Revelation teaches creation. Revelation alone can satisfy the human mind for providing the unity that both both scientific monism and polytheism failed to provide. “The revelation which comes to us in Christ . . . . joins itself to the revelation, which nature itself makes known to us. . . . and by its doctrine of creation cuts all polytheism and all dualism up by the roots. Not only mind but also matter, not only man but also nature, is of divine origin, and has lain in the thought of God before it came into being” (p. 107).

As already mentioned, the doctrine of creation places man in a twofold relationship with the world. As to the substance where man is taken, he is one with the world. And since such substance came from the hand of God, the world can be considered sacred and good. There is nothing in the world that is strange to man.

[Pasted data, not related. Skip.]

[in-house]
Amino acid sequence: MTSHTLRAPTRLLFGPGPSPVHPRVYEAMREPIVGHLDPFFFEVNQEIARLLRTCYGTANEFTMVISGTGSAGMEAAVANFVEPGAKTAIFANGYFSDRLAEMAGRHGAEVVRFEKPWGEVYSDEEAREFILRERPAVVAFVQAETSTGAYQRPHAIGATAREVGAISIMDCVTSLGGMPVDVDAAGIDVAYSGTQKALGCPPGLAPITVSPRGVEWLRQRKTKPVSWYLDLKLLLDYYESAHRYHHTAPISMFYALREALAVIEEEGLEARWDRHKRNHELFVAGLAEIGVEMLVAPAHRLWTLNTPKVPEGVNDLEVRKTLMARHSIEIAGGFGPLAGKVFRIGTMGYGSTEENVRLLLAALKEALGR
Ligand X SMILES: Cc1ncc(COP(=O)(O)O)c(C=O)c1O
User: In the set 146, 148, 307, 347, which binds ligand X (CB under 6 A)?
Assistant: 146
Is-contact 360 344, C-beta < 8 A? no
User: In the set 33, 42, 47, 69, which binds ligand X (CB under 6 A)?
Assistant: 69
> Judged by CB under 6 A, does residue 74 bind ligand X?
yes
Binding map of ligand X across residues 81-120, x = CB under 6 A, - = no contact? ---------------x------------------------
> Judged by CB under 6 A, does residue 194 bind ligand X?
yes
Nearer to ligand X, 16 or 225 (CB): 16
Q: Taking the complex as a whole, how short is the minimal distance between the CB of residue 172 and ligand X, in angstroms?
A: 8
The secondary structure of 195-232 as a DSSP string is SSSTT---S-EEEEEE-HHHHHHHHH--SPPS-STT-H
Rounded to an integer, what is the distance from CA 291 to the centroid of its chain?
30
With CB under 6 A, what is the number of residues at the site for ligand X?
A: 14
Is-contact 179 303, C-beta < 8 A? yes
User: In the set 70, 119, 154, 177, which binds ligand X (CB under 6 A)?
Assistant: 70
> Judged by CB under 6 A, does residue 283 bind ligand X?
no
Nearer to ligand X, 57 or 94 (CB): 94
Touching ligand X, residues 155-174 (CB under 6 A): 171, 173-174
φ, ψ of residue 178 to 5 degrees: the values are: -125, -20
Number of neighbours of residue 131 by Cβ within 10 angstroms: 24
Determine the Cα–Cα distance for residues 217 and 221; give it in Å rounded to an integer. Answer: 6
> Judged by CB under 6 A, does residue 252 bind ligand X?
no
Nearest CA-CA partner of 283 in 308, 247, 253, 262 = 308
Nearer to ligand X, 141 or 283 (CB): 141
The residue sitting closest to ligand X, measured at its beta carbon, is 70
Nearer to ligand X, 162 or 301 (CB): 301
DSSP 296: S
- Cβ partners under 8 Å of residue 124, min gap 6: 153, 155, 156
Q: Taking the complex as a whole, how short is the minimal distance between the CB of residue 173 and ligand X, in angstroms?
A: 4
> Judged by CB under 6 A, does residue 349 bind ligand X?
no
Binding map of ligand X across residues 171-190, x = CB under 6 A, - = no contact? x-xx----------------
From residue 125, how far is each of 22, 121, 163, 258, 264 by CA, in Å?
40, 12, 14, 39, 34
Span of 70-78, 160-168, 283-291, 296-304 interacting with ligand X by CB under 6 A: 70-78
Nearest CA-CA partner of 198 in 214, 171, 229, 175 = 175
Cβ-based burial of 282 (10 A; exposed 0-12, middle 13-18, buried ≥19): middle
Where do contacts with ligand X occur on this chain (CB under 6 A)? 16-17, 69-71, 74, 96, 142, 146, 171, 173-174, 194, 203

But on the other hand, man is also different from the world. “He is the son, the image, the similitude of God, his offspring. Thereby he is elevated above animal and angel, and destined and fitted for dominion over all the world. In this relation of man to God and to the world is the foundation laid and the origin given of all science and art” (pp. 107-108).

Problem of Misery and Human Suffering

Against this theistic monism, the only argument advanced is the reality of misery and human suffering. This argument is not easy to handle. Bavinck takes it seriously and considers it “a touching and heart-breaking fact” (p. 110). See how Bavinck describes the fact of human misery:

“The whole creation is in travail. Anguish is the fundamental trait of all living things. A great secret pain throbs through nature. Everywhere the lawless, the chaotic, lies at the base of the orderly; there is an inexplicable restlessness in all things. Vanity, change, death are written on all existing things. Humanity walks by the margin of an abyss of guilt. It perishes under the anger of God and is troubled by his wrath” (ibid.).